One of the most difficult aspects of mental health is determining causation. A body of evidence is apparently growing that taking selfies can lead to narcissism, addiction, and suicide. But it seems to me that narcissism and a tendency toward addiction and suicide would increase the likelihood of excessive selfies.
In other words, the correlation of selfies and narcissism might be a vicious feedback loop or it could be a fallacy of causation. Who knows. But the growing body of information on the selfie phenomenon is interesting:
Is it possible that selfies, the trend of taking pictures of oneself, could cause narcissism, addiction, mental illness and even suicide? That’s what seems to be suggested by expert opinion surrounding the phenomenon, and a man diagnosed with body dysmorphic disorder says he grew suicidal due to his addiction to taking selfies. Danny Bowman says he became so obsessed with trying to take the “right” selfie that he ended up shooting about 200 pictures a day while trying desperately to capture the perfect image of himself.
When Bowman failed to take what he perceived to be the perfect selfie, he attempted suicide by taking an overdose of drugs. Prior to his suicide attempt, he says, he would spend about ten hours every day taking selfies. Dr. David Veal, a physician involved in caring for Bowman, says selfies may cause mental illness, including body dysmorphic disorder, which has “an extremely high suicide rate.”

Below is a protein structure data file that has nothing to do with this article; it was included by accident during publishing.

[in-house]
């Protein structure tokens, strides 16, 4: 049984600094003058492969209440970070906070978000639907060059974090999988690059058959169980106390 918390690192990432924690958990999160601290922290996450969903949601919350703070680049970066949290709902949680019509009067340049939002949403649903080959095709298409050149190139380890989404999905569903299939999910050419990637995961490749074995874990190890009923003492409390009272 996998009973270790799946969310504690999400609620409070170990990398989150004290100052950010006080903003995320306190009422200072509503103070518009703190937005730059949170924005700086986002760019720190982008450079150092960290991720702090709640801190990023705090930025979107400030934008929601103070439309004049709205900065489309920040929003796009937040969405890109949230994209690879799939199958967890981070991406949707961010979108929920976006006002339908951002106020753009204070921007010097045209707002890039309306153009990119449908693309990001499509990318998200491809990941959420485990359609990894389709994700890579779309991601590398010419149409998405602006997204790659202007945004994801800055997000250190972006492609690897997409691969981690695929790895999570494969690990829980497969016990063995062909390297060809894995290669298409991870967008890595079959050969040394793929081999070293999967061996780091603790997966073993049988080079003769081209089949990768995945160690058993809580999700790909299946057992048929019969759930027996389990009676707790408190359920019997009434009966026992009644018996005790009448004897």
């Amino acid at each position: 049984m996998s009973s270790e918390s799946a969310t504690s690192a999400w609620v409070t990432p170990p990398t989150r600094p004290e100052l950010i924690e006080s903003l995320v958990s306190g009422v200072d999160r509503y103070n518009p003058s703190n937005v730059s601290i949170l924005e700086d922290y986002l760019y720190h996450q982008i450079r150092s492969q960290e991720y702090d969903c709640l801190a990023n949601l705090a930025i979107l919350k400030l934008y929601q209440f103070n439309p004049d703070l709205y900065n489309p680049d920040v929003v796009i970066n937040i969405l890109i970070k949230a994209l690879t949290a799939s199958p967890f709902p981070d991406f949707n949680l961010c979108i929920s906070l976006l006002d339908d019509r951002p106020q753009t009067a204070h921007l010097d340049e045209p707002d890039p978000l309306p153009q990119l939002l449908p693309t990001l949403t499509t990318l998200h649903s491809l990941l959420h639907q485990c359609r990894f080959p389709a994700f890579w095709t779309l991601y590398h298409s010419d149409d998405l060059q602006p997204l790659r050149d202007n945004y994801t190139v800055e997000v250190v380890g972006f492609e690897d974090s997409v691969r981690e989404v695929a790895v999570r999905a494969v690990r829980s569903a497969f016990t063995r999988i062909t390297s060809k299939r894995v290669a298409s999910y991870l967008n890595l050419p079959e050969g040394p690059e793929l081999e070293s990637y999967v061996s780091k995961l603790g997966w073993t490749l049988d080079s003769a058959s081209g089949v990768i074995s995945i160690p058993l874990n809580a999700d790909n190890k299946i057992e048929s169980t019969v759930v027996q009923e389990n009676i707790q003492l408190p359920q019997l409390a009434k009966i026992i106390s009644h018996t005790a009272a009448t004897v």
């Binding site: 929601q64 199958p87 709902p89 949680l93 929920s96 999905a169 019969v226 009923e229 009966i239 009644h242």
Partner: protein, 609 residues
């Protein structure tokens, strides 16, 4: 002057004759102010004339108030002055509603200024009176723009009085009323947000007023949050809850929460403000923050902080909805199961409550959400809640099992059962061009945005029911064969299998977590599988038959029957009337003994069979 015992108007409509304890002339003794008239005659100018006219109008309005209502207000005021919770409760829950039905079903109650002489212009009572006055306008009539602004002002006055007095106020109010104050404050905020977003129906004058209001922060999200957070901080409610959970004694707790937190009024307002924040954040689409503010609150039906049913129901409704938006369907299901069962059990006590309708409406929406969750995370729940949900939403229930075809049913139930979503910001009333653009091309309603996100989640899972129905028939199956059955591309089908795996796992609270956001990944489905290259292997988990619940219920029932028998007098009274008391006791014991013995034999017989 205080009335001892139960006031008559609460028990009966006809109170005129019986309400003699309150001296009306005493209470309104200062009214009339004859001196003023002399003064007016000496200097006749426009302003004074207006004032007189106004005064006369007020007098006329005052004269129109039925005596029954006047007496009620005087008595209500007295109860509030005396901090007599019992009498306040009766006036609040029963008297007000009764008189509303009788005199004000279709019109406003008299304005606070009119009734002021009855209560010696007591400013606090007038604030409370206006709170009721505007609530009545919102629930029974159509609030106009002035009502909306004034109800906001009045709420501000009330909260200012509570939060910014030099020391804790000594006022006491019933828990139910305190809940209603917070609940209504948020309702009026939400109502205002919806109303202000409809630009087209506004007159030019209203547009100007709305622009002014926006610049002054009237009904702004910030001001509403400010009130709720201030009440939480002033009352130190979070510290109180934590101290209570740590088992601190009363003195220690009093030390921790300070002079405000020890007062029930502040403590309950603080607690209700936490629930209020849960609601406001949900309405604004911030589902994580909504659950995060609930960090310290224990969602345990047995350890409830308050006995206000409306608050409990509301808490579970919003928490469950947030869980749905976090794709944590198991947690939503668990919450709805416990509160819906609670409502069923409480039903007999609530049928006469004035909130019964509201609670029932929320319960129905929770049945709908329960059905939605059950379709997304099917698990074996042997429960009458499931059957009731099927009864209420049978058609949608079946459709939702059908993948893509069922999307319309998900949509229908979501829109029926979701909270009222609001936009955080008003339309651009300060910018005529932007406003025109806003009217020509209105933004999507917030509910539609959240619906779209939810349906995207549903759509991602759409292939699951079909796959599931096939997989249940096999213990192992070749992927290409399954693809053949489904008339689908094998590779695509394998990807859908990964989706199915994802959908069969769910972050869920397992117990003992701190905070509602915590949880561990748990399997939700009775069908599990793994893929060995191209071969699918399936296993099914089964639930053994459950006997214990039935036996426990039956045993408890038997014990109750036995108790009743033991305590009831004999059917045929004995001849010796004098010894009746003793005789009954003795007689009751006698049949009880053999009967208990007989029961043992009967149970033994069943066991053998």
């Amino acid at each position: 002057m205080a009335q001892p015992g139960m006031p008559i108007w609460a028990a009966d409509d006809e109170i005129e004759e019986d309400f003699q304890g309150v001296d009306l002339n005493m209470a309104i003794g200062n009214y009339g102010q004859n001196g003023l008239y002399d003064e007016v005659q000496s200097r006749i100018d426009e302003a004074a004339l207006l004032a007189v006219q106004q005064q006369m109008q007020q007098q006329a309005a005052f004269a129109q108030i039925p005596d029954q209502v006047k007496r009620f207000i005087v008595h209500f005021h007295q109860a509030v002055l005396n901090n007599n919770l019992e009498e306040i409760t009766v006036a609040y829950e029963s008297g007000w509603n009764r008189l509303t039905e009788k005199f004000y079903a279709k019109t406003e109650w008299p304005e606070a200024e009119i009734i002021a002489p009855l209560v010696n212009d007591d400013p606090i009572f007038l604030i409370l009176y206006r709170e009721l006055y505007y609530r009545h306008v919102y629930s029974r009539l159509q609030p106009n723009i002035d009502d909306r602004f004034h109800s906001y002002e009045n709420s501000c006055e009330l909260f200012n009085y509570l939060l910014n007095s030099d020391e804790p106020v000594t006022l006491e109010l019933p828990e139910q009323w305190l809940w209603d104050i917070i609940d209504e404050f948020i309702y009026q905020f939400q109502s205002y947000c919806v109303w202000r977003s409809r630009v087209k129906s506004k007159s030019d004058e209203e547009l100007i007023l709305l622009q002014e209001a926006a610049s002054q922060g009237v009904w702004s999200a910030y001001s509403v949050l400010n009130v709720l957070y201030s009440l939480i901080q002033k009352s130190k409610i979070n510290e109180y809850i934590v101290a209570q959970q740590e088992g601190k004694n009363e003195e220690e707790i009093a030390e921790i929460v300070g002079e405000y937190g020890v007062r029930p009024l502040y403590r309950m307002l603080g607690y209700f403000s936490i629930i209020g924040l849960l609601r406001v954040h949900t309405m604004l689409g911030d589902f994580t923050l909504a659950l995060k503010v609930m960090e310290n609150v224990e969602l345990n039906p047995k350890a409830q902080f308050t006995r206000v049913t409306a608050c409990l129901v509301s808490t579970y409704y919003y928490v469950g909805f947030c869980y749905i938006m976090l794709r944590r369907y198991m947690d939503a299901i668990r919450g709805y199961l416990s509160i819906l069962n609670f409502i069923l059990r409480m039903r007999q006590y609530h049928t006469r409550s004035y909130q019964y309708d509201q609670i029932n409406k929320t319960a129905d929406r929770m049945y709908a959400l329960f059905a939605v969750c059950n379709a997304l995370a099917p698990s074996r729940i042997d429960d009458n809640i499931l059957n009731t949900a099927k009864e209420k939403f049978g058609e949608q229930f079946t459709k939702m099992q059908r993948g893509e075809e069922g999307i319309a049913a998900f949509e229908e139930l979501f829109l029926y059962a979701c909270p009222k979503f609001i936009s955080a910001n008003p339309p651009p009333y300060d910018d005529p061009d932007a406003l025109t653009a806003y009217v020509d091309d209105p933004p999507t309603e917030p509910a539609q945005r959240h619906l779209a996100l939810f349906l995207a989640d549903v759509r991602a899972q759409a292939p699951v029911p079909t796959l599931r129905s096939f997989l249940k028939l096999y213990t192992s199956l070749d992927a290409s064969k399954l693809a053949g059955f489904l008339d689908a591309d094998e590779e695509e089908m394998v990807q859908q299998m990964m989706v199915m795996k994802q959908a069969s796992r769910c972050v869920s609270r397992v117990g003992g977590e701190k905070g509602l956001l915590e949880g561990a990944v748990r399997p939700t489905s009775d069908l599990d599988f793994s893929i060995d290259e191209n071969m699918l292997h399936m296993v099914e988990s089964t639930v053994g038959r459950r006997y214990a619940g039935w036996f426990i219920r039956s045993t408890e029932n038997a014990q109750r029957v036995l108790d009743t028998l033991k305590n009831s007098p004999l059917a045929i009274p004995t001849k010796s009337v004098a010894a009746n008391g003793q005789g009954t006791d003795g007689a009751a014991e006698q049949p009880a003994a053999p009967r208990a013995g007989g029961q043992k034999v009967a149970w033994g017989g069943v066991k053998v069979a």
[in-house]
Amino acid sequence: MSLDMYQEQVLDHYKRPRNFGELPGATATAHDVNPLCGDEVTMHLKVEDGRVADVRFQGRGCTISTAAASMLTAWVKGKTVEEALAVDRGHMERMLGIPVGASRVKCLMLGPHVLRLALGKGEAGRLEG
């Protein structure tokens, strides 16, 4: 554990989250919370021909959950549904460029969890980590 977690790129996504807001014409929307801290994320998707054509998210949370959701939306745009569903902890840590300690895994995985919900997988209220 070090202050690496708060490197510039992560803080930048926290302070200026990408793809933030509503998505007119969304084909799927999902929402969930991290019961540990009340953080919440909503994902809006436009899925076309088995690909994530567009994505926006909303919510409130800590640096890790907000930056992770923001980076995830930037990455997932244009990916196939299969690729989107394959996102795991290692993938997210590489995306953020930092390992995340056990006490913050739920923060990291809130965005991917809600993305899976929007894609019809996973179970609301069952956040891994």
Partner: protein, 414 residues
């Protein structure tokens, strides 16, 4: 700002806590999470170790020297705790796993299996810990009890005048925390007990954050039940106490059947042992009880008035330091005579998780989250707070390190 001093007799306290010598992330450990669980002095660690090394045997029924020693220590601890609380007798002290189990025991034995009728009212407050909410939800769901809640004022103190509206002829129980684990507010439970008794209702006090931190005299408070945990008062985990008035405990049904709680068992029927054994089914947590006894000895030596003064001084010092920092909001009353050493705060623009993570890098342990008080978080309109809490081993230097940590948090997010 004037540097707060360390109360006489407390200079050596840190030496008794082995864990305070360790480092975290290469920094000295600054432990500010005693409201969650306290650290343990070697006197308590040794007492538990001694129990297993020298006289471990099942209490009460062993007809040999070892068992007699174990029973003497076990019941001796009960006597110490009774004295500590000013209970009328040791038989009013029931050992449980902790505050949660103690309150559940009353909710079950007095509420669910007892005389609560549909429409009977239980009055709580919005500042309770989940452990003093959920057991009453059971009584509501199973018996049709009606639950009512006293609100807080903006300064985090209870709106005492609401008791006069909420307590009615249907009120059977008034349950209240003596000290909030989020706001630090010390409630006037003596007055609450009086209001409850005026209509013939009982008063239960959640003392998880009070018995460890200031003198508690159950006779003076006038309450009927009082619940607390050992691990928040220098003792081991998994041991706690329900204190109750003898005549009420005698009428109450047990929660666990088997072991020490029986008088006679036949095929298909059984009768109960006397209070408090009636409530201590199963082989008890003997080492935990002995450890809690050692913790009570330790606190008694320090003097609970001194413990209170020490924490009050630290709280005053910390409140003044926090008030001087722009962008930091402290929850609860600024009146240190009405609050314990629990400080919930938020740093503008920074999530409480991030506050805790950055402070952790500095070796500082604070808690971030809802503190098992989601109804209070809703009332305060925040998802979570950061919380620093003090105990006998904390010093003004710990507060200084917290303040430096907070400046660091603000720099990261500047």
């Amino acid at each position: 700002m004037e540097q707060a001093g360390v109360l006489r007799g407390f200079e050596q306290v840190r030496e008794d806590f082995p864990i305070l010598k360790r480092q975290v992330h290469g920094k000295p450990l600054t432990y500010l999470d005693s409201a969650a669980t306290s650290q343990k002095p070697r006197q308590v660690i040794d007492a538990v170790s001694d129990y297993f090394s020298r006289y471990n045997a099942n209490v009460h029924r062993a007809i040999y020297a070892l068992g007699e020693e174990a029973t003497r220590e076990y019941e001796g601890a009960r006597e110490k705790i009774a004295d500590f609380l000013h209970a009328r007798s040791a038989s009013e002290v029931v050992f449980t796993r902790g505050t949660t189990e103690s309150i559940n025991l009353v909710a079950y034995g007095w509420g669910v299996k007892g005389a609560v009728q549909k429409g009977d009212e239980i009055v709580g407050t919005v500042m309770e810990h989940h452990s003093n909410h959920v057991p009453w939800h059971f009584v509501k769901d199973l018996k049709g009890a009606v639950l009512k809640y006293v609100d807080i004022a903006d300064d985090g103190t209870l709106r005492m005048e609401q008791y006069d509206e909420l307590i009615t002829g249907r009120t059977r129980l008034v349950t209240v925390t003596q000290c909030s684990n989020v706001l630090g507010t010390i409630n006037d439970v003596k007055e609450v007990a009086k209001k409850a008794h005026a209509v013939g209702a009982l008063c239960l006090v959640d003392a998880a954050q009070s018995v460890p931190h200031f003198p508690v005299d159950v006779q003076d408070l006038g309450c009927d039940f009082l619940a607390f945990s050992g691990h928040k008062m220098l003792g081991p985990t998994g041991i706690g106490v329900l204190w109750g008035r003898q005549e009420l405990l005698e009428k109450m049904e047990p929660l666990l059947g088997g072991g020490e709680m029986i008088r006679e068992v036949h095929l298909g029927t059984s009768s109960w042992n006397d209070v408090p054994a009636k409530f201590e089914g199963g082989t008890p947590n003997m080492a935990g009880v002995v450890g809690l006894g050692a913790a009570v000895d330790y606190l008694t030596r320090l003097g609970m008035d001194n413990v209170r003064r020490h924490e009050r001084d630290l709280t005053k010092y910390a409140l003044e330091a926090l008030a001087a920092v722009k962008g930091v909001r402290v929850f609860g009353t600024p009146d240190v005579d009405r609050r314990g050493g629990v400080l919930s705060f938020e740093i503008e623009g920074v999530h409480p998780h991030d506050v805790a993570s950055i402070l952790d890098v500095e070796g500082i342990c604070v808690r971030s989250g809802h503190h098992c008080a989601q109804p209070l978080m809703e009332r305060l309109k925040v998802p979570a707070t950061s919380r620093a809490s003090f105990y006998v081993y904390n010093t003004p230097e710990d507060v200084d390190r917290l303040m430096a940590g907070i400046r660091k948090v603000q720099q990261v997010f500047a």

Again, it seems Danny Bowman had problems before he started taking two hundred selfies a day. But the self-reflective obsession of taking selfies certainly didn’t help.
This is the reality of our culture—a culture constantly looking at itself and trying to represent itself in the perfect image. Selfies are just the individualized instantiation of that widespread cultural reality.
In the end, bad mental health and an excessive amount of self-reflection go hand in hand. And these things feed each other. One of the most important things for us to learn is how to see others clearly and serve others. Facebook was supposed to be a place where we could connect to others. But it has become a place where we all look at ourselves. Facebook and selfies aren’t the problem though. They’re just a symptom of our destructive self-obsession.